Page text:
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PaganSquare is a community blog space where Pagans can discuss topics relevant to the life and spiritual practice of all Pagans.

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Posted by on in Culture Blogs

It was one year ago today that my life changed forever.  It didn't change as much as it could have changed, and for that I'm grateful, but nothing has been the same since this day one year ago.  My own error resulted in my falling 10 feet onto the thin edge of the control panel of a spare washing machine.  I broke 6 ribs at both ends and broke my left shoulder blade in half.  I spent several days in the hospital, 2 months off work, and 6+ months in physical therapy.  I would never have made it through all of this without amazing support from my friends, family, and co-workers.  I am still paying off medical bills, but I am alive and healthy.  I am nearly back to the level I was before the accident (and in some ways I am actually healthier).  It still amazes me that less than 2 months after the accident I climbed on a plane and flew to San Jose to do my 3 workshop presentations at PantheaCon.  I owe thanks to many of the people at that event as well.  While lurching around with broken bones, trying to haul incense making supplies from one workshop to the next, a lot of people I'd never met helped me haul things around and set up or tear down.  THANK YOU TO EVERYONE WHO HAS HELPED IN THE LAST YEAR.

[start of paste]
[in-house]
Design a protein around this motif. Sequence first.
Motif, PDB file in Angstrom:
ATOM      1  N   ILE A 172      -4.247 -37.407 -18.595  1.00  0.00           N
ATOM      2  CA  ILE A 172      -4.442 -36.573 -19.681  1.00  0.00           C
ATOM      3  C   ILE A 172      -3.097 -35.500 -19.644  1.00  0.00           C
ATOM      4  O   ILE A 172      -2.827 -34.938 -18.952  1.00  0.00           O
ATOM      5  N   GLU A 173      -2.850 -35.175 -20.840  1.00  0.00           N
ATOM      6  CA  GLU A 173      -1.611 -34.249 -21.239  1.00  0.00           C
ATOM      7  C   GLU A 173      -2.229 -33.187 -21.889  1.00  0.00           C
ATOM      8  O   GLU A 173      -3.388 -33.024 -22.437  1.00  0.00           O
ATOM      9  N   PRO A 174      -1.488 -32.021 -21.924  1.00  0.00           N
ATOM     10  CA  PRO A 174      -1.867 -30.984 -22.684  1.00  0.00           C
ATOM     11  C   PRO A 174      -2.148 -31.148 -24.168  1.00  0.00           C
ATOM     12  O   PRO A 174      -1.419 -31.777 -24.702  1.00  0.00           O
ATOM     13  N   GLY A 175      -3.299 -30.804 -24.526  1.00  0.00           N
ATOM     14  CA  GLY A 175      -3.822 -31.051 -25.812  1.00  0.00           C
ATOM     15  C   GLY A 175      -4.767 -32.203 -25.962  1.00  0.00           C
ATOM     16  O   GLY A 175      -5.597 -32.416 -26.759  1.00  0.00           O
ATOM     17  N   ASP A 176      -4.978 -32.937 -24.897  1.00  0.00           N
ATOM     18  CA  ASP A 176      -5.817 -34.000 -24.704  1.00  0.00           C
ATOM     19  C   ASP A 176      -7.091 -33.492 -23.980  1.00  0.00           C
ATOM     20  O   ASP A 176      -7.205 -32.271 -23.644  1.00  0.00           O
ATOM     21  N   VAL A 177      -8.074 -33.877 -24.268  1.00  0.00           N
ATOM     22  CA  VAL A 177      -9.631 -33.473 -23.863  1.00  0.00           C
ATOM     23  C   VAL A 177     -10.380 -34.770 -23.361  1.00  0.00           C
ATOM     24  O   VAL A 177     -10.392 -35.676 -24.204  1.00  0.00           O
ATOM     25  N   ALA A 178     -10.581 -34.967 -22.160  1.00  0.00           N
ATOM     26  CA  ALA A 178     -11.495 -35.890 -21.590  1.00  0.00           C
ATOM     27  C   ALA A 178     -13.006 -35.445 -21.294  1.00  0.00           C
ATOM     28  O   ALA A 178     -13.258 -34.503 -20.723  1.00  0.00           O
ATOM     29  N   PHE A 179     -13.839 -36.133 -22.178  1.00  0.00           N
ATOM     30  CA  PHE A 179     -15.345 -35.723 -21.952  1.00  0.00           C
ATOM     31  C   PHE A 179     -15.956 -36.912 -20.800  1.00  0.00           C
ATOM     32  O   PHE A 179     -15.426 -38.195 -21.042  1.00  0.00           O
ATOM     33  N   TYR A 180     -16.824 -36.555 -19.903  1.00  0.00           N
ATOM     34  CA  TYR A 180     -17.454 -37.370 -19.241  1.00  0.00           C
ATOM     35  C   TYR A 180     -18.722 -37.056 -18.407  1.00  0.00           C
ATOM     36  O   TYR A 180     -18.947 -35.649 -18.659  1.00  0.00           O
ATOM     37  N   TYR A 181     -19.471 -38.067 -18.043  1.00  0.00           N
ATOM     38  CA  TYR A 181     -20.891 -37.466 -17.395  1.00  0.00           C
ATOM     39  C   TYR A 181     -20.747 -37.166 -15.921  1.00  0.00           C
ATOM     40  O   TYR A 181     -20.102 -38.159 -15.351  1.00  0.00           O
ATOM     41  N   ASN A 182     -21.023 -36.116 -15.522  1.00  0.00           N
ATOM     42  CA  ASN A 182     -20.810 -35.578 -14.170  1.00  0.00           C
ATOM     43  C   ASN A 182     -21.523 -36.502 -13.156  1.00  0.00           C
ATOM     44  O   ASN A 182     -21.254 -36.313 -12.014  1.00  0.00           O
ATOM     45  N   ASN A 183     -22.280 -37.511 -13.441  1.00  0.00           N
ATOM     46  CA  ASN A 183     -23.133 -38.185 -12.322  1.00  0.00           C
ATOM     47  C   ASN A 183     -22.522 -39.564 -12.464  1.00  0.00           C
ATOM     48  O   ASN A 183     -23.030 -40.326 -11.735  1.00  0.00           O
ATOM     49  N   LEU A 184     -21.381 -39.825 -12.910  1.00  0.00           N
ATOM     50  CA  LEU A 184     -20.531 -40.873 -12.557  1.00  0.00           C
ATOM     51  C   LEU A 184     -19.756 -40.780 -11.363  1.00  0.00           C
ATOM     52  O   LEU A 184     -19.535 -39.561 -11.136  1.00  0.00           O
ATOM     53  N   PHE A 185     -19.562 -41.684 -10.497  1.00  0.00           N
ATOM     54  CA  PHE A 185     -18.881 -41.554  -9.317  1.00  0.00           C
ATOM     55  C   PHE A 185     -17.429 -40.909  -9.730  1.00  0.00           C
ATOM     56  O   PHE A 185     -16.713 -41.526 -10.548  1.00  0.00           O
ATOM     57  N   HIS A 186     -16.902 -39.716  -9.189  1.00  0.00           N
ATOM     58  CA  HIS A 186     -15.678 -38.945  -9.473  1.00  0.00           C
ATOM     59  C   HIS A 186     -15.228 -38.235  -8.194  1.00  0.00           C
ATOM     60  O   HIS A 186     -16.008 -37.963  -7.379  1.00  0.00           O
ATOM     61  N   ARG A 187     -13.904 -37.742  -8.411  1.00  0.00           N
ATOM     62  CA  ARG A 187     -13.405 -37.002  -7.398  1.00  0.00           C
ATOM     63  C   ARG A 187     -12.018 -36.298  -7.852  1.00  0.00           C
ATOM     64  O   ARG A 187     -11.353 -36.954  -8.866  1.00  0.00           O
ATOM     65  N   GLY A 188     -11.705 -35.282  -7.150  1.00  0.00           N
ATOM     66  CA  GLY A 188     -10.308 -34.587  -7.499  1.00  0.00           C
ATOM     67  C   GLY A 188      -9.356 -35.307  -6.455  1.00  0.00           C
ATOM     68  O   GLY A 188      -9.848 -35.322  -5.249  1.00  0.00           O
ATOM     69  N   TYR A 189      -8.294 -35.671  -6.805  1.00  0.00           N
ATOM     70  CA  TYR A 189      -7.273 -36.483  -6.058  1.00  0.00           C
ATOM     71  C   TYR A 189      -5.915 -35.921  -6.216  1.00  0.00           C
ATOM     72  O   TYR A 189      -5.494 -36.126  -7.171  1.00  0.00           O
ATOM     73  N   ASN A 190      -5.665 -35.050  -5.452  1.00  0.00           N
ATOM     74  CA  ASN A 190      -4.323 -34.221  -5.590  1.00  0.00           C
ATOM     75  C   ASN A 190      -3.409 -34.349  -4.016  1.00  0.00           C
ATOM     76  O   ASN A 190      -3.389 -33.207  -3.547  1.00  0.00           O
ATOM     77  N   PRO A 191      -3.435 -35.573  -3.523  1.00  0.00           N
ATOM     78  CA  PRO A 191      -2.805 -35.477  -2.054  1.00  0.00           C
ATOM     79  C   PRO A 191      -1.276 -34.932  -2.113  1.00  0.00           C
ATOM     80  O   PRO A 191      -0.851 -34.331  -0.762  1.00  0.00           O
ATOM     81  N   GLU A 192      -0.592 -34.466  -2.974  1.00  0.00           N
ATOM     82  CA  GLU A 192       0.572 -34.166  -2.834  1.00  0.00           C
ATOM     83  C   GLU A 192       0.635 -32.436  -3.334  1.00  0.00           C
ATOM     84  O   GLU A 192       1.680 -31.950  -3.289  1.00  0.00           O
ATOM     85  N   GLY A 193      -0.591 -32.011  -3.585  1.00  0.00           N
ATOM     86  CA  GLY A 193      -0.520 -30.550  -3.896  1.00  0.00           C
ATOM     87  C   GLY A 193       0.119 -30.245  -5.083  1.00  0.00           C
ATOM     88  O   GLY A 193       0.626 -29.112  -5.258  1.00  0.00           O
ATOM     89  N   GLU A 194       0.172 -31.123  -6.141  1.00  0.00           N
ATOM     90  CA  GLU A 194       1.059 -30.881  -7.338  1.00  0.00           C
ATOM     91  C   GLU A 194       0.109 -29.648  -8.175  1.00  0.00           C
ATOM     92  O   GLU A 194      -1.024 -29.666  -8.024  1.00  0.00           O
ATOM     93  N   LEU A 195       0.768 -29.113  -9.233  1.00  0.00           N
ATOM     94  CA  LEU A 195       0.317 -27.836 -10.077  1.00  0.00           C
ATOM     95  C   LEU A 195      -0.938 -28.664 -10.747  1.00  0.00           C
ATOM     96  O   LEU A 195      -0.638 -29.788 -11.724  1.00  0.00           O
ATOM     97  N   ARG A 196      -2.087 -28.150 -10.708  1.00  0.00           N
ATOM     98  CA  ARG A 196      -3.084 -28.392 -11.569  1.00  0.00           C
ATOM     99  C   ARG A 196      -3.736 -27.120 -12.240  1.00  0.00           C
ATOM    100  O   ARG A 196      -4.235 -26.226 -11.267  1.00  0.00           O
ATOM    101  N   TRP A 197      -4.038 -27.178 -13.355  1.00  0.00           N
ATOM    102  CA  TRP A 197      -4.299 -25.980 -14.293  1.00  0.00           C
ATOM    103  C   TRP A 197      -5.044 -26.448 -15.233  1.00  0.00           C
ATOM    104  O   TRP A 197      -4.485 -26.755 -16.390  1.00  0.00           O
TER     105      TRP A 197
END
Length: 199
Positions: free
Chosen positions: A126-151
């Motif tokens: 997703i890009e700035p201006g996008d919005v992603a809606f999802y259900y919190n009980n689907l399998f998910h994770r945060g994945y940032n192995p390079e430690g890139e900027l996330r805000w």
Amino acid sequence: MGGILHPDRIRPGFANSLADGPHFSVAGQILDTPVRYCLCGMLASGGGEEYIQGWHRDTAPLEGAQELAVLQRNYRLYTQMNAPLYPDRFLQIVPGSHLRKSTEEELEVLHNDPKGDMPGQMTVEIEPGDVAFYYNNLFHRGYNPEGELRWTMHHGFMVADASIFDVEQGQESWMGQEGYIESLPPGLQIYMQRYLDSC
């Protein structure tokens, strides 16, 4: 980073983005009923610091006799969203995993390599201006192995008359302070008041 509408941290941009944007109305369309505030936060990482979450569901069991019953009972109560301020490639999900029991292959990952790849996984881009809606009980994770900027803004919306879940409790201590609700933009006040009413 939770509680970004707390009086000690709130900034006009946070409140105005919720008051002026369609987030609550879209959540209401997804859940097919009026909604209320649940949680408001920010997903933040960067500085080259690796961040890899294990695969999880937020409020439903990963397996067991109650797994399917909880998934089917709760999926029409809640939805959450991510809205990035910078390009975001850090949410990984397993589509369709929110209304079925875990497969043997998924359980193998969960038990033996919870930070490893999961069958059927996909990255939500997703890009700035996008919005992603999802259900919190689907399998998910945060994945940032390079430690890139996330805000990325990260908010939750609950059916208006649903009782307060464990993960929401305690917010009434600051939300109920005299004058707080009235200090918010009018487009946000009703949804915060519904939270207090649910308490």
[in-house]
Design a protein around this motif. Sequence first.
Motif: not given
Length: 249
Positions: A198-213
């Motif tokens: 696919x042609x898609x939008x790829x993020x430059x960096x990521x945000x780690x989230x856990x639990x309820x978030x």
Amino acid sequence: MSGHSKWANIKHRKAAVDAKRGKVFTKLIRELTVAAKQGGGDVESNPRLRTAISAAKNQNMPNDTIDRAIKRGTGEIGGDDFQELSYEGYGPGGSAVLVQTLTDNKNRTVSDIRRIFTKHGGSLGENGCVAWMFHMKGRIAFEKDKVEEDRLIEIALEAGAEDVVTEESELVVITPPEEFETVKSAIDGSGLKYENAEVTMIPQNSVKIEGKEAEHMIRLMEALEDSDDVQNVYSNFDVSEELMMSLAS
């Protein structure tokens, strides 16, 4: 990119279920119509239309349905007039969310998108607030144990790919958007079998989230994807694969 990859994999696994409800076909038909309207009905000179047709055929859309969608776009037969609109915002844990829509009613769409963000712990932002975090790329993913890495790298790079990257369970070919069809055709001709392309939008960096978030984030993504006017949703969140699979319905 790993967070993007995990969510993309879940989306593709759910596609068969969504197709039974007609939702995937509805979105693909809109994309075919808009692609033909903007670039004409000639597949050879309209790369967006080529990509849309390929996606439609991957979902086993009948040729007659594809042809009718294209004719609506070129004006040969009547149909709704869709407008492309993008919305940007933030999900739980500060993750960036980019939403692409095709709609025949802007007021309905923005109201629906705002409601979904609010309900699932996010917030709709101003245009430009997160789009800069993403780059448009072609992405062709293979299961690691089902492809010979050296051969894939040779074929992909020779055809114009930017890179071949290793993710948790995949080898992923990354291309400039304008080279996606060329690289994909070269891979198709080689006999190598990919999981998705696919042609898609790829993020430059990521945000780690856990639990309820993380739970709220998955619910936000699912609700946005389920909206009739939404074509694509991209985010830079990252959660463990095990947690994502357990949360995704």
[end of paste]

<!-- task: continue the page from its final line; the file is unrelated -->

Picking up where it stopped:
But there was more help given to me than that and I want to try and thank as many people as I can from the Pagan Community.  In less than 1 day after my accident I was able to get online and, very slowly, type a message with one hand.  I sent out that email letting folks know what happened and asking for any spare energy to help me with the extraordinary pain as well as energy to heal.  The response was overwhelming and nearly immediate.  Within an hour of sending that message, I began to feel the energy pouring in.  I know that there were groups or covens who sent me energy and that was an immense kindness that truly made a difference.  Even more surprising was the energy that continued to come to me for weeks, much of it being sent by Solitary Pagans who had never met (or even heard of) me and who lived hundreds or even thousands of miles away.  That Community of Solitaries, without any coordination whatsoever, continued this outpouring of love and energy for months.

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PaganNewsBeagle Watery Wednesday Community News Sept 17

Today is Watery Wednesday, the day we share stories for and about our many communities of Pagans (however widely defined.) Today we have  ideas on how to boost empathy -- on the internet; two Pagan-themed internet campaigns; Reclaiming events in Minnesota, and finding a Pagan Pride event near you.

The internet provides us with many opportunities to create community -- or tear it down. This article from Yes! magazine offers suggestions of how we can create more empathy in our online connections.

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Posted by on in Culture Blogs

Niceville City LimitI was going to write about something related but different in my next column.  But I read Shauna Aura Knight’s excellent post about her stance on the Frosts this morning, and the controversy she has encountered has encouraged me to change focus.  It seems to me that much of the criticism and condemnation boils down to, "She's not playing nice."  Well, here's the problem with "niceness."  I must tread carefully to protect privacy so much of my language is deliberately vague.